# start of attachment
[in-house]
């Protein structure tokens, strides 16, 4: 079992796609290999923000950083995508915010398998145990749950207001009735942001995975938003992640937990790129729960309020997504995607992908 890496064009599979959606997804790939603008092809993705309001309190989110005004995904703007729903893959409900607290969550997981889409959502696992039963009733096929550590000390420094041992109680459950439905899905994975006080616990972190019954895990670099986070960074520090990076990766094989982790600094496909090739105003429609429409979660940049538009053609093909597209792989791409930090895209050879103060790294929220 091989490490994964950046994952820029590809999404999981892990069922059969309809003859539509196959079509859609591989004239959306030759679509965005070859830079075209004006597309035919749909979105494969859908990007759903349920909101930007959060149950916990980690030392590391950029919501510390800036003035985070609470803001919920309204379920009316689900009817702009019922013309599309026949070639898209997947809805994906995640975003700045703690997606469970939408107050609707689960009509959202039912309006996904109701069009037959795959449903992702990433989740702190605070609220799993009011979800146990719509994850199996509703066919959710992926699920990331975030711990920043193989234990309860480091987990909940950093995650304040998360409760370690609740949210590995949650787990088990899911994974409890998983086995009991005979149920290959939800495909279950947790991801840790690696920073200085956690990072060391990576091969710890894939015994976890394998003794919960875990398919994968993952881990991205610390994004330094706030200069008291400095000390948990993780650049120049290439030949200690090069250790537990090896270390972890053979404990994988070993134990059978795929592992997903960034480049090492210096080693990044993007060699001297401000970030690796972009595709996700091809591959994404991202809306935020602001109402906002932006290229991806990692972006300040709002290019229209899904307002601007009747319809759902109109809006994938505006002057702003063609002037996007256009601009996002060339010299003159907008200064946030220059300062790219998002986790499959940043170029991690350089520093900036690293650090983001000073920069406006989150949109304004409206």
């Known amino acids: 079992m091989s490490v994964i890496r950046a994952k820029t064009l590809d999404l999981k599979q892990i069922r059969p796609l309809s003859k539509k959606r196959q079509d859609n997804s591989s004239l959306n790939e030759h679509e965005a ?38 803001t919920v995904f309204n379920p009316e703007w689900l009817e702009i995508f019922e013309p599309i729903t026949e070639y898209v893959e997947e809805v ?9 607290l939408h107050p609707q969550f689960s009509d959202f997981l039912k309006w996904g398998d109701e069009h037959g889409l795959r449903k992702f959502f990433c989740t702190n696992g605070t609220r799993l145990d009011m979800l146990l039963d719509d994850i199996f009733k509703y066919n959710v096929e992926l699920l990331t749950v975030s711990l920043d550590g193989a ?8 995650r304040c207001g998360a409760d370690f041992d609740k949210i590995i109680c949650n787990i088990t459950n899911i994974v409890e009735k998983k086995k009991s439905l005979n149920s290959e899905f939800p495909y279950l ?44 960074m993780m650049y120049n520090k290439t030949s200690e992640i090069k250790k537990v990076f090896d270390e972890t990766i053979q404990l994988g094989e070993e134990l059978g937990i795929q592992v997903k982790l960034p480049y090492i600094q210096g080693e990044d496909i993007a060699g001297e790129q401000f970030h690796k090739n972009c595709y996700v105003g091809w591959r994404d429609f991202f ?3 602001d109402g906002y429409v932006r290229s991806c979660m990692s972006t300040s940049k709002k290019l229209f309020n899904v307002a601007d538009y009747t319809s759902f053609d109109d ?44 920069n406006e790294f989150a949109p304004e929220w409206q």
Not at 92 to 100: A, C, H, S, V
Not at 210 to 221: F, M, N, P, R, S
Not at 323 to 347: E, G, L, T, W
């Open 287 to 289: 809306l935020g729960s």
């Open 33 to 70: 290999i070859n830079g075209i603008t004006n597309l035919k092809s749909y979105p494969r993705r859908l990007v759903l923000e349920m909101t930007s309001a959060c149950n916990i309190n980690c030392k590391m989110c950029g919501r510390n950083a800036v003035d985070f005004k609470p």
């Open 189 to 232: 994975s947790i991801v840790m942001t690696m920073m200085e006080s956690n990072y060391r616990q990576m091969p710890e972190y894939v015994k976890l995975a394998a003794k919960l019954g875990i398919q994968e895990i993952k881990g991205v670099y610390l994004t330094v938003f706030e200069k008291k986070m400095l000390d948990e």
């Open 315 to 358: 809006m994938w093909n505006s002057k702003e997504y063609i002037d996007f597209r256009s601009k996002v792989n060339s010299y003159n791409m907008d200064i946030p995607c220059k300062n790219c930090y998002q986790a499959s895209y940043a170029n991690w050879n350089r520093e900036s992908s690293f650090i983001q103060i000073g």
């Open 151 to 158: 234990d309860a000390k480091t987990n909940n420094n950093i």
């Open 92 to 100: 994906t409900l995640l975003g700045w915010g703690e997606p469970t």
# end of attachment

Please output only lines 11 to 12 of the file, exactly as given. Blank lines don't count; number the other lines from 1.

């Open 151 to 158: 234990d309860a000390k480091t987990n909940n420094n950093i």
């Open 92 to 100: 994906t409900l995640l975003g700045w915010g703690e997606p469970t």